I am currently overseeing an epic NASCAR-style race through my house.
I am supposed to be furiously cleaning. Every year for my birthday, my mother gives me the present of having my house cleaned. And finally, exactly six months after my birthday, I have it scheduled for tomorrow. It is sorely needed, as the house has become a disgusting combination of a movie theater (with those sticky floors) and a public bathroom (I blame that one on the fact that I live with all boys, including one just barely toilet trained).
I just can’t keep up with the dirt and the clutter. My days are filled with refereeing pillow fights or breaking up arguments over Legos and Thomas the Tank Engine trains. If I turn away for a minute to get the vacuum, or clean a toilet, or empty the dishwasher, inevitably the baby climbs onto something he shouldn’t, or Howie is tickling the baby too hard, or Gerry is trying to watch a show but Howie keeps crashing into him. I spend more time as a police officer than a housekeeper.
The “nice ladies” who are coming to clean gave me two weeks notice (we call them the “nice ladies” because they are nice enough to not call social services on us when they see the squalor that the kids live in). The woman in charge told me that should give me enough time to “organize things so I could find them again”. Loosely translated, this means “I’m giving you two weeks so I can find your kids’ bedroom floor”.
Recently, my Facebook friends and I had a discussion about which we’d prefer more – someone to cook for us or someone to clean up after us. For me, that choice is easy. I absolutely hate to cook. I’m sure some of that has to do with the various food issues in my house. With my husband’s vegan diet and Howie’s food aversions and intolerances, making one meal for the five of us is quite a chore. And I’m not good at it. There’s no satisfaction at all for me in making dinner. Cleaning is something I actually enjoy. Sometimes it’s the one tangible visual accomplishment I have – a clean counter top, a basket of clothes put away in a bureau. I can look at that and say I got something done.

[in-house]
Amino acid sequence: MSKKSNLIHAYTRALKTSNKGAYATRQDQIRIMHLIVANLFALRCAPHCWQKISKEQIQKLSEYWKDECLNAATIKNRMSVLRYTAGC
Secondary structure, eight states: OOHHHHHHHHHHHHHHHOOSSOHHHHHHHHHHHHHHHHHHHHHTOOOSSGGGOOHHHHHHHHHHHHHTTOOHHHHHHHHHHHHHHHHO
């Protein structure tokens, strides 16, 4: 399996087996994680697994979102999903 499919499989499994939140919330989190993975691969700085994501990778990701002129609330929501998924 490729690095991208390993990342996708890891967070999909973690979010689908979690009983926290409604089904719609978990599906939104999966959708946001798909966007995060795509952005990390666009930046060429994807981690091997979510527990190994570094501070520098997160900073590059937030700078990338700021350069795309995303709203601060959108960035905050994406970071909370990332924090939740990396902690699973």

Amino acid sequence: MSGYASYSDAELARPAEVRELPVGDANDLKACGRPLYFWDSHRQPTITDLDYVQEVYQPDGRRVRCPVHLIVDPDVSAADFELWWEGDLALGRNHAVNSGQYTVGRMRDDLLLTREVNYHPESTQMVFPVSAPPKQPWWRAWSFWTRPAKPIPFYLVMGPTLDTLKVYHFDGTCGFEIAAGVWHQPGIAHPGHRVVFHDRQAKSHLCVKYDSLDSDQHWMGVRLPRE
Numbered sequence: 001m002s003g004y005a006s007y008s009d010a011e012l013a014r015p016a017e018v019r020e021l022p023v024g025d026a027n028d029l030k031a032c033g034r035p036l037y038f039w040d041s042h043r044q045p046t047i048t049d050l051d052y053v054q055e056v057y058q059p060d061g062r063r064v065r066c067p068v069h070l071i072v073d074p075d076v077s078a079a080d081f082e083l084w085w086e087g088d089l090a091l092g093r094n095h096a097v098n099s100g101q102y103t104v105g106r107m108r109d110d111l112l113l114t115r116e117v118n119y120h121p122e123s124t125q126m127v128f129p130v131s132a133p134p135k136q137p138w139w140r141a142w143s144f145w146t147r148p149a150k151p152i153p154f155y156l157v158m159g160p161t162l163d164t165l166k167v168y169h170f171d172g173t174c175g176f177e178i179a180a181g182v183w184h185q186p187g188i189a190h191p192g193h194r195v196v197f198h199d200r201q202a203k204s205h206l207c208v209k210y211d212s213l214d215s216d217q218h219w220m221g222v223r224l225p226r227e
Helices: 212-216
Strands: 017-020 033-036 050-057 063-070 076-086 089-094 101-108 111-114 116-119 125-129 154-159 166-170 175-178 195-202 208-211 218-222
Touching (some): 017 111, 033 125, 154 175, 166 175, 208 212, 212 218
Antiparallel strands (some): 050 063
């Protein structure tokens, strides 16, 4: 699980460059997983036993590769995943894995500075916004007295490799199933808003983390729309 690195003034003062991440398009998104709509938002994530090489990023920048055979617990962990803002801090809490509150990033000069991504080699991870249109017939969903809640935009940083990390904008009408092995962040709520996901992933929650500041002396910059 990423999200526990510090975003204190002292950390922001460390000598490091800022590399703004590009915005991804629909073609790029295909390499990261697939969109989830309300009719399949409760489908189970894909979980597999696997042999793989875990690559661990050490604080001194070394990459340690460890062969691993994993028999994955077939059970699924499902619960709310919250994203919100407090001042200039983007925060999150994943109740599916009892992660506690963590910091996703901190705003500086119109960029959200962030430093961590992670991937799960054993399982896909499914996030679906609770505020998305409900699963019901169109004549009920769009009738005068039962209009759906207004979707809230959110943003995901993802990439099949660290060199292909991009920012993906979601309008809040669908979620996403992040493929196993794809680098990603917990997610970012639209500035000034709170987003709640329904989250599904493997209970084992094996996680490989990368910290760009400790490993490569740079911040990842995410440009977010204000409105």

But now my two weeks have gone by and I haven’t accomplished anything. I just can’t get to it all.
I’m watching the boys run those laps inside our house – all three of them chasing each other at a speed more appropriate for a high school track than a living room floor. Instead of cleaning off my desk so we can tell what color it is, I am yelling things like “That’s too fast!” and “Don’t push your brother out of the way!” and “I’m going to throw the red flag if you don’t slow down on the corners!!”
My husband always reminds me that the only thing that matters is that the kids are happy and healthy and raised in a loving environment. He tells me that the mess in the house should not be seen as a reflection of the chaos and stress of our everyday lives, but rather as a statement that taking care of our kids’ needs come first above all else. He reminds me of this most often when the house is at its most catastrophic state, perhaps trying to convince us both that this is true.
So with that in mind, I’m waving the checkered flag at the end of the race. The finish line is that large sticky spot on the kitchen floor.
“Clean up, clean up
Clean up, clean up
Everybody does their share” – Barney the Purple Dinosaur